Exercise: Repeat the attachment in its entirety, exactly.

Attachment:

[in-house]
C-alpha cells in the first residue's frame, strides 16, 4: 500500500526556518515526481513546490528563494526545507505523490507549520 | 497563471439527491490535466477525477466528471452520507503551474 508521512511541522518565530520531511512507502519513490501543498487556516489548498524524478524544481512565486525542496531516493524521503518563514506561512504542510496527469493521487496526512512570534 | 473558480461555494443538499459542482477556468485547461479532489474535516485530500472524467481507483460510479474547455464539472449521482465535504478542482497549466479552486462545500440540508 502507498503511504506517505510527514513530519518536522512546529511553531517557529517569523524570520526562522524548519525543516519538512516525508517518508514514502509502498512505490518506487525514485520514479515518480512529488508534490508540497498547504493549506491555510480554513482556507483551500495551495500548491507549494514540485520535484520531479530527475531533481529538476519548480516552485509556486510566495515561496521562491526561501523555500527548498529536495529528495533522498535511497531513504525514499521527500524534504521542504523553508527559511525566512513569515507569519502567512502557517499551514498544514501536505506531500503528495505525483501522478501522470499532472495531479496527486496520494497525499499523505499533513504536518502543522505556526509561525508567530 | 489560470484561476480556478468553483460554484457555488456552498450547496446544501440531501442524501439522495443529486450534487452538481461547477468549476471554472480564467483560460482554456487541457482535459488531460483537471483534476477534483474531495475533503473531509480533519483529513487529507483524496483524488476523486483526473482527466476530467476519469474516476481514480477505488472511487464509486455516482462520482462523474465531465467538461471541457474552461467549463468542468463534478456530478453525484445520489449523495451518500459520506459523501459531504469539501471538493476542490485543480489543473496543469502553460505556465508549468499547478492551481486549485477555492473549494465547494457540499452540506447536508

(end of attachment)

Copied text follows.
[in-house]
C-alpha cells in the first residue's frame, strides 16, 4: 500500500526556518515526481513546490528563494526545507505523490507549520 | 497563471439527491490535466477525477466528471452520507503551474 508521512511541522518565530520531511512507502519513490501543498487556516489548498524524478524544481512565486525542496531516493524521503518563514506561512504542510496527469493521487496526512512570534 | 473558480461555494443538499459542482477556468485547461479532489474535516485530500472524467481507483460510479474547455464539472449521482465535504478542482497549466479552486462545500440540508 502507498503511504506517505510527514513530519518536522512546529511553531517557529517569523524570520526562522524548519525543516519538512516525508517518508514514502509502498512505490518506487525514485520514479515518480512529488508534490508540497498547504493549506491555510480554513482556507483551500495551495500548491507549494514540485520535484520531479530527475531533481529538476519548480516552485509556486510566495515561496521562491526561501523555500527548498529536495529528495533522498535511497531513504525514499521527500524534504521542504523553508527559511525566512513569515507569519502567512502557517499551514498544514501536505506531500503528495505525483501522478501522470499532472495531479496527486496520494497525499499523505499533513504536518502543522505556526509561525508567530 | 489560470484561476480556478468553483460554484457555488456552498450547496446544501440531501442524501439522495443529486450534487452538481461547477468549476471554472480564467483560460482554456487541457482535459488531460483537471483534476477534483474531495475533503473531509480533519483529513487529507483524496483524488476523486483526473482527466476530467476519469474516476481514480477505488472511487464509486455516482462520482462523474465531465467538461471541457474552461467549463468542468463534478456530478453525484445520489449523495451518500459520506459523501459531504469539501471538493476542490485543480489543473496543469502553460505556465508549468499547478492551481486549485477555492473549494465547494457540499452540506447536508